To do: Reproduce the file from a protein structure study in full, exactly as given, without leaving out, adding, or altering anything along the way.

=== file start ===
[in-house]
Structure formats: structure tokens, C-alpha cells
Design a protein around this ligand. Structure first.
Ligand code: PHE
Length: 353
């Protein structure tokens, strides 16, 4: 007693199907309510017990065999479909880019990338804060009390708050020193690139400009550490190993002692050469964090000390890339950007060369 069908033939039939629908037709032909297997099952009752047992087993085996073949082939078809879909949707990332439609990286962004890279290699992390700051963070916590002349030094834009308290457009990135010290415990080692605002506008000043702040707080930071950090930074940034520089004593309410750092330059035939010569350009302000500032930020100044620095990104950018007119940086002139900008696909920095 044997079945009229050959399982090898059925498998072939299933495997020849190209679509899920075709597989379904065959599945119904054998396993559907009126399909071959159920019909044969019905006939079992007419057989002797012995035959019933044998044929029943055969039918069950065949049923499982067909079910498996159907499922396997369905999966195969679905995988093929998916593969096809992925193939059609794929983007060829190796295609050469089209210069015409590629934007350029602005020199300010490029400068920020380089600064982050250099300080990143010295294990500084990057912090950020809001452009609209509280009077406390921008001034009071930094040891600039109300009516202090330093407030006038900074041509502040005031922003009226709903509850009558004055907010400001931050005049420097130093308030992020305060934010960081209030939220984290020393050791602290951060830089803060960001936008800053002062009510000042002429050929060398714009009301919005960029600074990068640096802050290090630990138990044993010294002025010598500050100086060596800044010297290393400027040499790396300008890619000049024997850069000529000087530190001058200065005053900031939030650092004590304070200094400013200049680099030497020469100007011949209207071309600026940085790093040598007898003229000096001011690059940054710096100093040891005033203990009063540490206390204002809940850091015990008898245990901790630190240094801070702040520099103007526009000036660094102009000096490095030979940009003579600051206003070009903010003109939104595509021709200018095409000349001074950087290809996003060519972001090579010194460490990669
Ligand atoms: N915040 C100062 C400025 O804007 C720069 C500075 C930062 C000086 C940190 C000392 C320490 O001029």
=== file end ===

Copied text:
[in-house]
Structure formats: structure tokens, C-alpha cells
Design a protein around this ligand. Structure first.
Ligand code: PHE
Length: 353
């Protein structure tokens, strides 16, 4: 007693199907309510017990065999479909880019990338804060009390708050020193690139400009550490190993002692050469964090000390890339950007060369 069908033939039939629908037709032909297997099952009752047992087993085996073949082939078809879909949707990332439609990286962004890279290699992390700051963070916590002349030094834009308290457009990135010290415990080692605002506008000043702040707080930071950090930074940034520089004593309410750092330059035939010569350009302000500032930020100044620095990104950018007119940086002139900008696909920095 044997079945009229050959399982090898059925498998072939299933495997020849190209679509899920075709597989379904065959599945119904054998396993559907009126399909071959159920019909044969019905006939079992007419057989002797012995035959019933044998044929029943055969039918069950065949049923499982067909079910498996159907499922396997369905999966195969679905995988093929998916593969096809992925193939059609794929983007060829190796295609050469089209210069015409590629934007350029602005020199300010490029400068920020380089600064982050250099300080990143010295294990500084990057912090950020809001452009609209509280009077406390921008001034009071930094040891600039109300009516202090330093407030006038900074041509502040005031922003009226709903509850009558004055907010400001931050005049420097130093308030992020305060934010960081209030939220984290020393050791602290951060830089803060960001936008800053002062009510000042002429050929060398714009009301919005960029600074990068640096802050290090630990138990044993010294002025010598500050100086060596800044010297290393400027040499790396300008890619000049024997850069000529000087530190001058200065005053900031939030650092004590304070200094400013200049680099030497020469100007011949209207071309600026940085790093040598007898003229000096001011690059940054710096100093040891005033203990009063540490206390204002809940850091015990008898245990901790630190240094801070702040520099103007526009000036660094102009000096490095030979940009003579600051206003070009903010003109939104595509021709200018095409000349001074950087290809996003060519972001090579010194460490990669
Ligand atoms: N915040 C100062 C400025 O804007 C720069 C500075 C930062 C000086 C940190 C000392 C320490 O001029």